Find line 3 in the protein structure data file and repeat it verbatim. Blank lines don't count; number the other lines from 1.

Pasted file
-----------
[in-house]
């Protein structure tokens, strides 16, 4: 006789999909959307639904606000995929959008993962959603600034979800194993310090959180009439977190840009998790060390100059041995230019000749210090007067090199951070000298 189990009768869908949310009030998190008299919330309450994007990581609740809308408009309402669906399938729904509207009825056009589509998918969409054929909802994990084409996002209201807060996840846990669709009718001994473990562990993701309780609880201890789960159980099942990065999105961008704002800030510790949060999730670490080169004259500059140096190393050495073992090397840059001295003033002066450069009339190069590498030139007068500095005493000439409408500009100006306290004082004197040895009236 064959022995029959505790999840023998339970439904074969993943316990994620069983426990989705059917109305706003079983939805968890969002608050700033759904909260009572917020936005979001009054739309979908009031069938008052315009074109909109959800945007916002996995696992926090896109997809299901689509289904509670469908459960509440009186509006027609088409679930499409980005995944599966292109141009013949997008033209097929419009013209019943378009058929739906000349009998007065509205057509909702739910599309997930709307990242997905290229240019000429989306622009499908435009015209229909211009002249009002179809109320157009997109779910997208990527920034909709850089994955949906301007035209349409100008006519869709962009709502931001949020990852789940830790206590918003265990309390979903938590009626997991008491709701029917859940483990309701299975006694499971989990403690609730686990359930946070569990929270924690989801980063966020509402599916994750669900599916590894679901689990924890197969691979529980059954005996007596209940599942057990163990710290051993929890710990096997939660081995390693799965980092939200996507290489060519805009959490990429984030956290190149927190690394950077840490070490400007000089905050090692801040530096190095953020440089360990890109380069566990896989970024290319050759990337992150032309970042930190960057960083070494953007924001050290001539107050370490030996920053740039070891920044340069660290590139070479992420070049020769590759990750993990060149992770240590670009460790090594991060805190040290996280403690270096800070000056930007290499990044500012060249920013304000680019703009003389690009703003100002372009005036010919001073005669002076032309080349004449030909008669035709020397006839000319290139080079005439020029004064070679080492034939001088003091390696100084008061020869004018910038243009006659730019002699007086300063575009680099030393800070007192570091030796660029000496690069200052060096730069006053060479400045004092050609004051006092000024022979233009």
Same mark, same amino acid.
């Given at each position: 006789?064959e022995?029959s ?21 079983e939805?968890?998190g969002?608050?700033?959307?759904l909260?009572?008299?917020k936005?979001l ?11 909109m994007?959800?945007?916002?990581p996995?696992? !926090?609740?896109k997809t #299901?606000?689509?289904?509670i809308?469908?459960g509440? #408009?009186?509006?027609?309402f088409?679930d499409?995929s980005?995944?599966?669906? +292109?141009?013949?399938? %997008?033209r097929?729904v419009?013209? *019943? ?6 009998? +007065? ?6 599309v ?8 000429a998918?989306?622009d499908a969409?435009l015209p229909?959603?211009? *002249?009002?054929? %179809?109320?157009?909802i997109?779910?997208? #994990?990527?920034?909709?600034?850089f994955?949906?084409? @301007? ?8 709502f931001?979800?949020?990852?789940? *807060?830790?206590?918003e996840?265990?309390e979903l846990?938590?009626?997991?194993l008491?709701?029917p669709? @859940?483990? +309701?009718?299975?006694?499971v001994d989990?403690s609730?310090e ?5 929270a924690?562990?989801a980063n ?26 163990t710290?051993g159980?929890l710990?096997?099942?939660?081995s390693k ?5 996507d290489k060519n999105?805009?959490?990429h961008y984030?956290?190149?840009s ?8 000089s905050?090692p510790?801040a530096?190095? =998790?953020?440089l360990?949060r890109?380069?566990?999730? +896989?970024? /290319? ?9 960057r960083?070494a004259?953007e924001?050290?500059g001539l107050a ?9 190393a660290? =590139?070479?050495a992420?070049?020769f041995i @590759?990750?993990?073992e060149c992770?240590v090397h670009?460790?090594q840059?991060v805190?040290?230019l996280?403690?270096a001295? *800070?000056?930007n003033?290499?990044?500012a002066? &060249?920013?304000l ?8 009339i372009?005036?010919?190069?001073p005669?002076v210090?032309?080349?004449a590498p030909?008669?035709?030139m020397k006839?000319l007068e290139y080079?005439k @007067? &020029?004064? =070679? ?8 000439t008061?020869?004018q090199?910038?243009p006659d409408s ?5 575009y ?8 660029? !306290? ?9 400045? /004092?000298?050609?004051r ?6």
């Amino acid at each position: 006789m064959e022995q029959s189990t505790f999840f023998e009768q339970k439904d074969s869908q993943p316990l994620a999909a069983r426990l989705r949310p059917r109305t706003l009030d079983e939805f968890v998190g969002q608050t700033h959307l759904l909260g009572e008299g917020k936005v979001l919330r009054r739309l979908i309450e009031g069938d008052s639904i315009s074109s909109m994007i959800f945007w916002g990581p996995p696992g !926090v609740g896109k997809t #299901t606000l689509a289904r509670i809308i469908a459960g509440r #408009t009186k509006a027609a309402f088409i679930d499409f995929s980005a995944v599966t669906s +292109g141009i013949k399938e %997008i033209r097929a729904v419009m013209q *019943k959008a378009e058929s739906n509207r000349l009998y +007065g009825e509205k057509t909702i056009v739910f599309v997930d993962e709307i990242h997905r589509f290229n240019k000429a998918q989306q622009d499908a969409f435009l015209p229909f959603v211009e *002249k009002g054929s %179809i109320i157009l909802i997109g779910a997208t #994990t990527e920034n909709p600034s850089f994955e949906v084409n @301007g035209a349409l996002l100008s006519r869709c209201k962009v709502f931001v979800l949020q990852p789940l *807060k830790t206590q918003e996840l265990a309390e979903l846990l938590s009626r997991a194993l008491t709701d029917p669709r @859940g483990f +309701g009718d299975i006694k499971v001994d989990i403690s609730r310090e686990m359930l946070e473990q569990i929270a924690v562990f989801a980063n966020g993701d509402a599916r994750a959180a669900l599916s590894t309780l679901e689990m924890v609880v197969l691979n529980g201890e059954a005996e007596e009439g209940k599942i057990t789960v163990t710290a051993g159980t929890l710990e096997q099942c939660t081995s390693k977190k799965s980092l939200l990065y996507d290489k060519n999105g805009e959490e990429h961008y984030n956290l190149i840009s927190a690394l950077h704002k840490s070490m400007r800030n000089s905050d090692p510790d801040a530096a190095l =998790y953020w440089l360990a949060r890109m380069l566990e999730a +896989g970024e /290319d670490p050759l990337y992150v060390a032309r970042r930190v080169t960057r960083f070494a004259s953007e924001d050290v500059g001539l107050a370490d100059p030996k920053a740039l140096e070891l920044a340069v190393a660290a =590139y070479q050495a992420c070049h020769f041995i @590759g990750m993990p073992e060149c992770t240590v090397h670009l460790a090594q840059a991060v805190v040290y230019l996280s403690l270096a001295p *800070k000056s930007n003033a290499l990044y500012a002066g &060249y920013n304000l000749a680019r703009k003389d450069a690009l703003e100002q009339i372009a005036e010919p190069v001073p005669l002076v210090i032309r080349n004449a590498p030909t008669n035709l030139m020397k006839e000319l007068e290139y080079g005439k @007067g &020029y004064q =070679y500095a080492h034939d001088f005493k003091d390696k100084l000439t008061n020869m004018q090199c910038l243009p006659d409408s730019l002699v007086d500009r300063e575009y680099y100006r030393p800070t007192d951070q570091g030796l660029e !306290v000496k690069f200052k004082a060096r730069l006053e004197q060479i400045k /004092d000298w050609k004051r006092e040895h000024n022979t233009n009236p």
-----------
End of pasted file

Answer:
Same mark, same amino acid.